Poshard said he hopes the partying won’t get out of control like it used to, but there’s no way to tell what will happen this far in advance. He said if common sense and good judgment is used, the lift on the ban could benefit the city and the campus economically.

Cheng said she does not think Halloween will be as wild as it has been in the past this year and the city of Carbondale will have everything under control, especially since only three bars will be open.

“The number of establishments they’re talking about is very minor,” she said. “I think the city did their research and will take the steps they need to take to ensure people will have a safe and fun time.”

Miller said as long as students are smart and mature, Halloween can be successful this year.

“I’m from Carbondale. I remember how crazy it was but I believe we can have a successful Halloween as long as people are safe, they are respectful to each other, and they are responsible,” he said.

Lawsuit Against the Board of Trustees

A lawsuit was filed against the Board of Trustees on July 8 on behalf of Nolan Sharkey, a second year law student, who claims student trustee Jesse Cler failed to meet the required amount of signatures needed to be added on the ballot for the April campus election.

The student trustee sits on the board as a member and has the power to affect university policies.

Poshard said he is not involved with the lawsuit but thinks legal action might be required to resolve the situation.

“(The lawsuit) is still pending. It may require a run-off election or some other solution to this,” he said.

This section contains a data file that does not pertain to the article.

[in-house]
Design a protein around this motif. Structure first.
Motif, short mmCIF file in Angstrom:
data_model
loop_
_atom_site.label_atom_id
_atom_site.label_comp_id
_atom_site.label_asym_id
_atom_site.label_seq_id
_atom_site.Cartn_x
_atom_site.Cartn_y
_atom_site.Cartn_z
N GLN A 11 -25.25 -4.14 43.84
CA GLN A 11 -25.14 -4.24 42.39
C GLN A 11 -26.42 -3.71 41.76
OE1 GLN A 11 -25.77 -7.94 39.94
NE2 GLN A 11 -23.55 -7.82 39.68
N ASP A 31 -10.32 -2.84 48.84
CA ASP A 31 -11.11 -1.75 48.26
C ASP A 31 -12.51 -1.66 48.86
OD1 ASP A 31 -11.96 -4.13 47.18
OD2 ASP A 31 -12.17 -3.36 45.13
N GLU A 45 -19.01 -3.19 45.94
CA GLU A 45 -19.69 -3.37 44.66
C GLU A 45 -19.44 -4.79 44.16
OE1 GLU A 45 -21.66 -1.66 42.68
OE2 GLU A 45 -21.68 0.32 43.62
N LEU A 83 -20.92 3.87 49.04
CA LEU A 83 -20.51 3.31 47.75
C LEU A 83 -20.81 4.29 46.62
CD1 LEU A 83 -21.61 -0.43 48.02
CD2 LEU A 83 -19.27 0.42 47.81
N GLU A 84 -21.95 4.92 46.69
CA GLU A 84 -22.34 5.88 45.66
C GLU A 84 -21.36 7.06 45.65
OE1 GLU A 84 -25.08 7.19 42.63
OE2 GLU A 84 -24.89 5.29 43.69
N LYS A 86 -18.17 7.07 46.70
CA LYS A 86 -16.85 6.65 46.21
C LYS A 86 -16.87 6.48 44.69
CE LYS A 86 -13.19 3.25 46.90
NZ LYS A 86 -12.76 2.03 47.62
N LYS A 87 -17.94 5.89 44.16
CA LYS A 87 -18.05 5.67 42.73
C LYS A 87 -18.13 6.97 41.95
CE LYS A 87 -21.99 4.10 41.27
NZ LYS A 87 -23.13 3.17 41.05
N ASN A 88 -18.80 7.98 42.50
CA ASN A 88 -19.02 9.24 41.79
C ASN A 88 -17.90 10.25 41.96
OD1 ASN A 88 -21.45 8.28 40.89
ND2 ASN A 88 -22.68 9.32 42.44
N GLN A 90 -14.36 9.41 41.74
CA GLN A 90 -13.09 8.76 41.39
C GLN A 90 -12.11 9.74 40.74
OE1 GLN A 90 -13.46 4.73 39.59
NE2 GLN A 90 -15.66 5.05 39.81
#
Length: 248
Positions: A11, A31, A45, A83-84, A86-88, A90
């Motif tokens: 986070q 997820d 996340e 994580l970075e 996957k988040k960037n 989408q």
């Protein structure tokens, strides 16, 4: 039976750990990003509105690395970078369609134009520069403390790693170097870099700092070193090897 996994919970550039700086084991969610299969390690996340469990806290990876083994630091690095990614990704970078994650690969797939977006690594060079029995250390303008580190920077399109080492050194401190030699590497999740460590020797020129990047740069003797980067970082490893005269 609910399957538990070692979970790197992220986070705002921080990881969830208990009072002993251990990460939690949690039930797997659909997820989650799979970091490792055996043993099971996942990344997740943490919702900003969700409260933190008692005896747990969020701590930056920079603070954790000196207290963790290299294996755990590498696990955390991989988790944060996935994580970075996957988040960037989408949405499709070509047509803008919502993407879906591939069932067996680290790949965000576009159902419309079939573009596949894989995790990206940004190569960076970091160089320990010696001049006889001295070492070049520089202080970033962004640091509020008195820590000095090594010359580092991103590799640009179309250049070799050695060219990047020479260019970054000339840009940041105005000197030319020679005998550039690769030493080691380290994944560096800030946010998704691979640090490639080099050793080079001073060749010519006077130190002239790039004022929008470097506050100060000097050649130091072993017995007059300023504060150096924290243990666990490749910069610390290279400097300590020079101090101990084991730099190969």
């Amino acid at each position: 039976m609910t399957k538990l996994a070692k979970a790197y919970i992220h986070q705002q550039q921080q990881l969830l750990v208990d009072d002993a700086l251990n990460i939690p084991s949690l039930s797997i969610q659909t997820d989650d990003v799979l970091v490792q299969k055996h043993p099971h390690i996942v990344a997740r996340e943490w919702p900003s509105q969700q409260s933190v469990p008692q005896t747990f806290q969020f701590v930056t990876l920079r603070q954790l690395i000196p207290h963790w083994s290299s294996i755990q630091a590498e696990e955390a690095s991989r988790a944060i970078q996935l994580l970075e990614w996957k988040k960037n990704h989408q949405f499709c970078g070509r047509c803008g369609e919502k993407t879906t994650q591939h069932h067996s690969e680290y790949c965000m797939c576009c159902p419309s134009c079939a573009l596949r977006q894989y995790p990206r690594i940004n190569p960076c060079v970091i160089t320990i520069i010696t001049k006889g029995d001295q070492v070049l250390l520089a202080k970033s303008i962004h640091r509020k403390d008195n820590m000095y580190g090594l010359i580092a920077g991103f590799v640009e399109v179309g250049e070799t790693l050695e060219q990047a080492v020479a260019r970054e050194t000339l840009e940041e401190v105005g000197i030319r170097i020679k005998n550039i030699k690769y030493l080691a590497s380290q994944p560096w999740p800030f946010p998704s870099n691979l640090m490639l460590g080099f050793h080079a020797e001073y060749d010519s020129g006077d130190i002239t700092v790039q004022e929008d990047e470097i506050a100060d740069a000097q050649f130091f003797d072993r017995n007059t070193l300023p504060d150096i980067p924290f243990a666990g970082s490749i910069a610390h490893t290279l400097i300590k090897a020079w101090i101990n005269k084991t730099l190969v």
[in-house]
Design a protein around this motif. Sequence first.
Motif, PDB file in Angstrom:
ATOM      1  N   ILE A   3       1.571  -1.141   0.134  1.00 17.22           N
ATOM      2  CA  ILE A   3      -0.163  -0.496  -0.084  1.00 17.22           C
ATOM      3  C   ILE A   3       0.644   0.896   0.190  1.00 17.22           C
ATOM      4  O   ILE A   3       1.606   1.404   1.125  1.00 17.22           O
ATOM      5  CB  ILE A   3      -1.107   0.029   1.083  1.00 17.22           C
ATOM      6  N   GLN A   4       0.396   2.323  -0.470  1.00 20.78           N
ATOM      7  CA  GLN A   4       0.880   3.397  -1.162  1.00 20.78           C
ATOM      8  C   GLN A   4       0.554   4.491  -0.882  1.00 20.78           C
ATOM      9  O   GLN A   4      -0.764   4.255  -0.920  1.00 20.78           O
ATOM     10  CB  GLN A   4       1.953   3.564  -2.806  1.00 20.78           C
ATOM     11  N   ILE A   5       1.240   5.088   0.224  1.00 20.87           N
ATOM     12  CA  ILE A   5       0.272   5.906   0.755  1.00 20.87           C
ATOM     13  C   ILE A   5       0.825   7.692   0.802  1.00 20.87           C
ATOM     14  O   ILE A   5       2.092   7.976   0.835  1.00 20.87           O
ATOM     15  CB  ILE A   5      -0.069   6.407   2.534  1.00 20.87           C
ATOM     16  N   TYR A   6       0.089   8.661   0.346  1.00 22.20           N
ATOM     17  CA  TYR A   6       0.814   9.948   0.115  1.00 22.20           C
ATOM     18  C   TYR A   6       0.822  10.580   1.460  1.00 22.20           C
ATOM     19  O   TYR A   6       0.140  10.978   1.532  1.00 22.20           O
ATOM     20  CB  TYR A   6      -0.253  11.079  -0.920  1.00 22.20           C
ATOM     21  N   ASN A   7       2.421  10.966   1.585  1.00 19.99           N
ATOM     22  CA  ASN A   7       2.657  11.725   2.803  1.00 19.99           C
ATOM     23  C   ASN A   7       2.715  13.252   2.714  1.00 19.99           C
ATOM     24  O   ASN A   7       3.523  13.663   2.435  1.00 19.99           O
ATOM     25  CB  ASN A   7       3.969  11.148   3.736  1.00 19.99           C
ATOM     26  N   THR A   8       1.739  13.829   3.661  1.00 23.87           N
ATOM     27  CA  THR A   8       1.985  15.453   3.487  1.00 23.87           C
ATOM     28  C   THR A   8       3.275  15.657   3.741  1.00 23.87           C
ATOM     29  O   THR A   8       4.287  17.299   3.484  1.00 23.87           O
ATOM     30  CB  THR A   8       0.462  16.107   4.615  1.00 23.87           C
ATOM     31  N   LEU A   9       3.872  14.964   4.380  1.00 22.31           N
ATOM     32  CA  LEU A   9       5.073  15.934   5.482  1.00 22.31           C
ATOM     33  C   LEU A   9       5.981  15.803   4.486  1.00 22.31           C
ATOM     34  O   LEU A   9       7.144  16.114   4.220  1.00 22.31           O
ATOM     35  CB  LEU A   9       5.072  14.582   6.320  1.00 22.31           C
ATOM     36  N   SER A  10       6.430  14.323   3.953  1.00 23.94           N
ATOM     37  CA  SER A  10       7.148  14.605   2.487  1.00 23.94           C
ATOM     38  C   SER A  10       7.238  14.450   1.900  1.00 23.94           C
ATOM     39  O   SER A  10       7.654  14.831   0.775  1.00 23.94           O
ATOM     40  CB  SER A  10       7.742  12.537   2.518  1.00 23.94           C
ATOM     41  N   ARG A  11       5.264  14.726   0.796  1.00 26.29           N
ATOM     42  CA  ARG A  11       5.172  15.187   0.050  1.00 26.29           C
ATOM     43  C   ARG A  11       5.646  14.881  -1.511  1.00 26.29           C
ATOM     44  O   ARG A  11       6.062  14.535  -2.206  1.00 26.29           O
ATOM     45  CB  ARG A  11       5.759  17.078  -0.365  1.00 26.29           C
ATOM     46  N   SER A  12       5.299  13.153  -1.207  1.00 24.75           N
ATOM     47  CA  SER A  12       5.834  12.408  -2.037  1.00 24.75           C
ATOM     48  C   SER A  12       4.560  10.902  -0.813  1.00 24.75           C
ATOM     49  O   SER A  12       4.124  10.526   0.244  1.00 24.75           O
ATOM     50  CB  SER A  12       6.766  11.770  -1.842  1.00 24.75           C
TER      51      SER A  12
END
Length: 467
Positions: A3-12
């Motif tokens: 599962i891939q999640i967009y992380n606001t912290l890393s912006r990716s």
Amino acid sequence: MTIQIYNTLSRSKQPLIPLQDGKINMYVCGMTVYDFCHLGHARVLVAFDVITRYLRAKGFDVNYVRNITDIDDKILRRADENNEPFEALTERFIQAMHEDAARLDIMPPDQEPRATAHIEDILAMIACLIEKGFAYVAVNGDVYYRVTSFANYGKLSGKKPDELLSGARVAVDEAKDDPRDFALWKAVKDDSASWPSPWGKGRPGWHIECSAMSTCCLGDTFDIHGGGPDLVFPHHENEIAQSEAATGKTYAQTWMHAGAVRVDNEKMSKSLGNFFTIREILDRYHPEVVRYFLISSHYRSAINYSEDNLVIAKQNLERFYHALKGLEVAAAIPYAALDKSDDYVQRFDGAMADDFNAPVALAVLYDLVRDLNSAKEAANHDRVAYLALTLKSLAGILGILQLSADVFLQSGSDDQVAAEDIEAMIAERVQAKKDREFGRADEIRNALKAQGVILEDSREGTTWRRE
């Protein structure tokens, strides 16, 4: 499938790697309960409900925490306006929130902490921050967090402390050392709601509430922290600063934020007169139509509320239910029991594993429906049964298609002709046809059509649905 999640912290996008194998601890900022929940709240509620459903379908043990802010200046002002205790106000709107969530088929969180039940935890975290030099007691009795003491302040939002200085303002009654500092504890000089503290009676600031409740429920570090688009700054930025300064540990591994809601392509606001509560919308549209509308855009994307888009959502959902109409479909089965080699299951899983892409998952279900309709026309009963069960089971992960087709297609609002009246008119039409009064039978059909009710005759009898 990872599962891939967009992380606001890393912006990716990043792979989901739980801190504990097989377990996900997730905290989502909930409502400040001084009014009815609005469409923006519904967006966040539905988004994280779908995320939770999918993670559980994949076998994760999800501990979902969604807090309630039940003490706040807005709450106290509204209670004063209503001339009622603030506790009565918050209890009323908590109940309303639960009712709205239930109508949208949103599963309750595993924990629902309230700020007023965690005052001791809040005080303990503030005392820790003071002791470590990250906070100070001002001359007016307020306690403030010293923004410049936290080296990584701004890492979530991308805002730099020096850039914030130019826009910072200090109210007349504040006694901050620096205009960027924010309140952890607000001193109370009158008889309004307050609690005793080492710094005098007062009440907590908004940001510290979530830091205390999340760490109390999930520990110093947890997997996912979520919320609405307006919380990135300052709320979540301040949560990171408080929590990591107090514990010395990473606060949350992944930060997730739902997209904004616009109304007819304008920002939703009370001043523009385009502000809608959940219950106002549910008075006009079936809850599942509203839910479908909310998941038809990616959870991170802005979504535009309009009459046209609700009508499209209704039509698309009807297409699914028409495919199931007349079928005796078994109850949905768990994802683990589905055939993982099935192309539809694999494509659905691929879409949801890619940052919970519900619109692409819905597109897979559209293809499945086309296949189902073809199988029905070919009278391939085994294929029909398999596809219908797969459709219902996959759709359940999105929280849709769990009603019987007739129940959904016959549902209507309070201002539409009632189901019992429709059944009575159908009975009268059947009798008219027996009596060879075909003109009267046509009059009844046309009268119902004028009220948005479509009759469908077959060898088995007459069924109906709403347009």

Tuition Increase

The Board of Trustees approved a three percent increase to tuition for the 2014 fiscal year.

Poshard said the tuition increase was to guarantee the university could afford to offer quality programs while waiting for the state to pay the university the millions of dollars it owes.

“There’s always a consideration of operational funds that are needed to perform the functions of the university every year,” he said. “We always take a look at the need for revenues as well as programmatic efforts, everything we need to sustain.”

Poshard said the dire financial situation of the state has caused the university to find other means of funding itself. He said while there was a tuition increase, the university’s tuition is still cheaper than all other state research universities.

Miller said while the tuition increase might disappoint students, it’s a necessary evil.

“I hate tuition increases, but you look at the situation and realize it’s an issue across the board,” he said. “It’s an issue that goes beyond university administration, it goes to state politics and it goes to the federal level.”

Chancellor Appoints New Staff Member

Cheng appointed Matt Baughman as assistant to the chancellor and Rae Goldsmith as chief marketing and communications officer.

Baughman served as assistant to the director and associate director of the Paul Simon Public Policy Institute. He would like to improve the university using his talents, he said.

“I hope people will recognize that I have a real passion for SIU and I hope my 15 years at the Paul Simon Public Policy Institute demonstrated my abilities to be organized and follow through on projects and work collaboratively across campus with people,” he said. “I think those are attributes that are needed for this position.”

Baughman said he is getting a feel for the job but hopes his skills will make him a valuable asset at the university.

Goldsmith served as vice president for advancement resources at the Council for Advancement and Support of Education in Washington D.C. and was the associate vice president for communications and marketing at the University of Louisville.

Cheng said the new appointees are qualified and will help improve the overall quality of the university.

“I think the campus will very much benefit by their expertise,” she said. “The importance of both positions meant that it was really critical for us to find class A quality and we’ve done that.”